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Good intentions, mixed results

Charities struggle to handle September 11 donations

By Christy Oglesby

ATLANTA, Georgia (CNN) -- Within a day of hijacked planes leveling landmarks, collapsing a portion of the Pentagon and crashing in a grassy Pennsylvania field -- killing thousands -- the nation responded.


Since the September 11 attacks, people have flooded charities with about $1 billion. But the flow of cash into charitable coffers is only trickling out.

To date, less than a quarter of the donations, about $235 million, has been allocated to victims, according to a tally of charitable organizations' disbursements.

Now, the victims, their benefactors and even a prosecutor want to know what's damming the donations.

Some charities have decided to set aside a portion of funds for future tragedies or for projects related to the September attacks -- not specifically for victim assistance. In another case, a charity has received a tenth of the total contributions, but lacks a staff to distribute the money and does not have criteria to decide which victims to help.

Questions of money's use

Seven large funds account for the bulk of the donations, which have ranged from fat personal checks to pocket change dropped in firefighters' boots at traffic stops.

The organization receiving the lion's share is the American Red Cross, which created the Liberty Fund to handle September 11 donations. To date, donors have pledged $564 million to the fund, and the organization has collected $505 million of that amount, said Devorah Goldberg, a Red Cross spokeswoman. It has set aside $300 million to helping victims and has spent $153 million of that sum so far, she said.

How the money is being spent 
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What about the remaining $264 million?

The Red Cross said it intends to use it for victims of future terrorist attacks and to increase the nation's blood supply for military personnel.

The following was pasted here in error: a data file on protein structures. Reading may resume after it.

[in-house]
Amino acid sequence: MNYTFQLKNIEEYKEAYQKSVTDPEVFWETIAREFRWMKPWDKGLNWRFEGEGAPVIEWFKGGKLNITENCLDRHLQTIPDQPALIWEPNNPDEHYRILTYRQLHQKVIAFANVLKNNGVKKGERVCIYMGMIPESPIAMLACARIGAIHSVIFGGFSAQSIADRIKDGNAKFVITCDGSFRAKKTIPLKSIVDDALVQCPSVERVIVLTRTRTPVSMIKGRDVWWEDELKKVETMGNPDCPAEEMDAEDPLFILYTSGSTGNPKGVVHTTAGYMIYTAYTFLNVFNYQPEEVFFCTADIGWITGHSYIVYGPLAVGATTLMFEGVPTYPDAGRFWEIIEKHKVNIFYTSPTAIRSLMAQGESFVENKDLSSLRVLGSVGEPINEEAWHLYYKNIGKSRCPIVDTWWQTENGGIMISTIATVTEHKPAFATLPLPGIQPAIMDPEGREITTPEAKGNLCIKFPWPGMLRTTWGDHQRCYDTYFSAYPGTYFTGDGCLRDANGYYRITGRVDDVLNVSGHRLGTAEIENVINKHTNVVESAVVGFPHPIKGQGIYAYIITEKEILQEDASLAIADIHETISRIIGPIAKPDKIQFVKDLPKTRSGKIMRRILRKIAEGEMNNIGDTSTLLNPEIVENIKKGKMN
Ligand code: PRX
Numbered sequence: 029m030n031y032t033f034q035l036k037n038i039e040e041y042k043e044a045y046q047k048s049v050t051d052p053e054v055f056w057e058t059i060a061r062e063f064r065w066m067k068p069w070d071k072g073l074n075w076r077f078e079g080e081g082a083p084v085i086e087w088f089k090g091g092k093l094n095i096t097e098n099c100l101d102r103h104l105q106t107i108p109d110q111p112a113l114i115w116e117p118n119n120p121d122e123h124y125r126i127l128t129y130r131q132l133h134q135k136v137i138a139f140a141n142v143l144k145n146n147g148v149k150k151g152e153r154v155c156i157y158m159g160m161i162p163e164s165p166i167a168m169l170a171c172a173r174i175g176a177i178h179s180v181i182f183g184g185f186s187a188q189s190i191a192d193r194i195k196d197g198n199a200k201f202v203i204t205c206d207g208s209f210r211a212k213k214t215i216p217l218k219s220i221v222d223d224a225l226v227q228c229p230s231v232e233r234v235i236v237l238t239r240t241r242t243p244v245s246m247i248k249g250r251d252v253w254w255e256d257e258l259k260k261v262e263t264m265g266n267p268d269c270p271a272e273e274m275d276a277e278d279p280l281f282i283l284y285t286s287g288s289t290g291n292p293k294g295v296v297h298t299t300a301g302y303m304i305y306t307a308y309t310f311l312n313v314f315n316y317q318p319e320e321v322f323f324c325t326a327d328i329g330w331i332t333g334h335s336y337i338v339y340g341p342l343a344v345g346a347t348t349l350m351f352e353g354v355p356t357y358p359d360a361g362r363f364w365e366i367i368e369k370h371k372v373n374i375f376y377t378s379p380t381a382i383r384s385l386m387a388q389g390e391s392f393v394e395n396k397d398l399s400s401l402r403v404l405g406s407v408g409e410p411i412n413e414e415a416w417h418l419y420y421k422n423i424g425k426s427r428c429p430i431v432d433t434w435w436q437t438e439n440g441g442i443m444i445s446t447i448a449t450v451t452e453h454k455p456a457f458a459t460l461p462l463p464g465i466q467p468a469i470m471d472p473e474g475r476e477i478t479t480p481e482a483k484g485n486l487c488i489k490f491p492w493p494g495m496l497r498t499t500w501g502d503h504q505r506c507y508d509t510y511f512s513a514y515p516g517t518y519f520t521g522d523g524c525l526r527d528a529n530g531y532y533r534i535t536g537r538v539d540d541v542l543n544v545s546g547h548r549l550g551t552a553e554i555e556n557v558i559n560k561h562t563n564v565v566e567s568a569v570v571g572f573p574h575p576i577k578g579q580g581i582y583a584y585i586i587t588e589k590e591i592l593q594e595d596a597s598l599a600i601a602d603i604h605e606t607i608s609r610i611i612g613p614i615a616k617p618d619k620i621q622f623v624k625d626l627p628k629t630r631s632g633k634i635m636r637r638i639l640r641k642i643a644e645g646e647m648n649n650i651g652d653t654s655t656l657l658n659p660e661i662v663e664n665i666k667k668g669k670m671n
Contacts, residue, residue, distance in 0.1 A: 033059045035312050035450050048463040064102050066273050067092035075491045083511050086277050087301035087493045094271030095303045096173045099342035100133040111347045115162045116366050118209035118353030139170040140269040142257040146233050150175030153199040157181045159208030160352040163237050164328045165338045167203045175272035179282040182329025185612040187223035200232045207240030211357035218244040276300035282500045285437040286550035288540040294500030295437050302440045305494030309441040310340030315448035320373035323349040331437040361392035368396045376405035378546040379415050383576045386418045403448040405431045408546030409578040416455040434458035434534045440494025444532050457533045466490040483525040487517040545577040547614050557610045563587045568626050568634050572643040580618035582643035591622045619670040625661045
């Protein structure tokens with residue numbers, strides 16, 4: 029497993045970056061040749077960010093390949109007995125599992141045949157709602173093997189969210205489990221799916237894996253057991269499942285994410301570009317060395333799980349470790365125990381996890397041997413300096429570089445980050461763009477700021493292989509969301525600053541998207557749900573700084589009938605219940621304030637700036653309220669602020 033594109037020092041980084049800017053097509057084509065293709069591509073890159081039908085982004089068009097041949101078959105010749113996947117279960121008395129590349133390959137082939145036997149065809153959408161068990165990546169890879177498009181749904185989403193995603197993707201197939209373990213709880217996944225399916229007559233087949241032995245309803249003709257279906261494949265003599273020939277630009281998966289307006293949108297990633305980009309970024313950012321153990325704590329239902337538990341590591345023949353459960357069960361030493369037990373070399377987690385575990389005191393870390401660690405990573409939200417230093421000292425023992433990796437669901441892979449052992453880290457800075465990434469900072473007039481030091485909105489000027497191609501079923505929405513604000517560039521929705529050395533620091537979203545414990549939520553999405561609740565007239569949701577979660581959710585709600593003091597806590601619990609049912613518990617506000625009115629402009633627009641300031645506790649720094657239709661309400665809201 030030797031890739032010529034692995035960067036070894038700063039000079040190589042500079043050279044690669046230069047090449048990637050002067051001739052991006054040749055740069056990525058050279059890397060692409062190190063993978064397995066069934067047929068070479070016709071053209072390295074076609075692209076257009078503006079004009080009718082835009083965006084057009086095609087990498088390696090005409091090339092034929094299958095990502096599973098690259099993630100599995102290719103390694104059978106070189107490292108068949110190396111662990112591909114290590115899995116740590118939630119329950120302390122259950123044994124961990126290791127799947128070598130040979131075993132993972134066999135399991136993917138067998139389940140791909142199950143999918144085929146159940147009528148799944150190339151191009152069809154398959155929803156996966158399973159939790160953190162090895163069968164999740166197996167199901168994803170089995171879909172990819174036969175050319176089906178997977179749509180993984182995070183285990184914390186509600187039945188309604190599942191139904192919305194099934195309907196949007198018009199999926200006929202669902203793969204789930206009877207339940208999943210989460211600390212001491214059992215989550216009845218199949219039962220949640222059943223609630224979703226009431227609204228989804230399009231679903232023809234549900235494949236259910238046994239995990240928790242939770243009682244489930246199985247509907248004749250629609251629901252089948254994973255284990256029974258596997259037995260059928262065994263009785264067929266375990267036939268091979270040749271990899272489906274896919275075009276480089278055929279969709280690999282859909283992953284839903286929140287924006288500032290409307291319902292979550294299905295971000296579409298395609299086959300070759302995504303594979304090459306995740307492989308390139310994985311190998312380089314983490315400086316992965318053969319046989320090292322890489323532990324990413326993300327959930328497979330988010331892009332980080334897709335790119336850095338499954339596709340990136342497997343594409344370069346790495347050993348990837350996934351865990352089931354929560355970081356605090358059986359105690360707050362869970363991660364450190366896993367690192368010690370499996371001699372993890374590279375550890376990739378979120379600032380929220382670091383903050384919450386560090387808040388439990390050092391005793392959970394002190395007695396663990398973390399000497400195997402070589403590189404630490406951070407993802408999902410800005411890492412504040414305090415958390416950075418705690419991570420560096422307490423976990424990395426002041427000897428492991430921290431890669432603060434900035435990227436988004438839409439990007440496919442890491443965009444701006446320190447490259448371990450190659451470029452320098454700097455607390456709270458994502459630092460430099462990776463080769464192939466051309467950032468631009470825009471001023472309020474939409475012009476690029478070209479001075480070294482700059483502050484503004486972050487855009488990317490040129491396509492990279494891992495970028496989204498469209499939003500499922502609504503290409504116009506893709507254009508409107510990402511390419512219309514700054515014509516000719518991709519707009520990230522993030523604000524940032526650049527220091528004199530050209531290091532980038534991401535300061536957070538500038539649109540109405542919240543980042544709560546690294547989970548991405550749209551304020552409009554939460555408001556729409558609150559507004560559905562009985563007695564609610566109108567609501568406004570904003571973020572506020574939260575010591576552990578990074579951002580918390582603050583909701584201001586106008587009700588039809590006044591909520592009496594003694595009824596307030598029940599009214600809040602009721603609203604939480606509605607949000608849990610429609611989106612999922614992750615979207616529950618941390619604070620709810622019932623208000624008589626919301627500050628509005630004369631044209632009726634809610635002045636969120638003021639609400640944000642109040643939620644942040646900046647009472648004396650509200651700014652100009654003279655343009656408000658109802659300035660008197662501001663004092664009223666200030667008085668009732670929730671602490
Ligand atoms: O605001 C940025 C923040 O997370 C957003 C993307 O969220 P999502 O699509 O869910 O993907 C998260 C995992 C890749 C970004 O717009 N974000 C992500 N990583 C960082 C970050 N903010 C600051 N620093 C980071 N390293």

New York Mayor Rudy Giuliani's Twin Towers Fund, created for the victims of the World Trade Center attack, has collected $85 million. To date, it has distributed nothing because the charity has lacked a criteria or staff to determine how to distribute the cash, Giuliani said.

Giuliani has promised to distribute half the sum within the next eight days. As for the balance of it, "we've got to figure out how to give it out right," the mayor said.

Other obstacles

More than inadequate staffing has slowed charitable work, as some agencies have had to deal with red tape.

Some charities give direct assistance to victims, but others have different procedures that slow the flow of cash to recipients.

Some provide grants to agencies that disburse money directly to the needy, meaning those charities have to evaluate grant requests and verify an organization's legitimacy. And some of those disbursement groups that get grants have their own rules governing victim assistance, further slowing the delivery of funds.

For example, the United Way, which reviews grant proposals, has enlisted the aid of volunteers from other philanthropic organizations to expedite proposals' review and approval.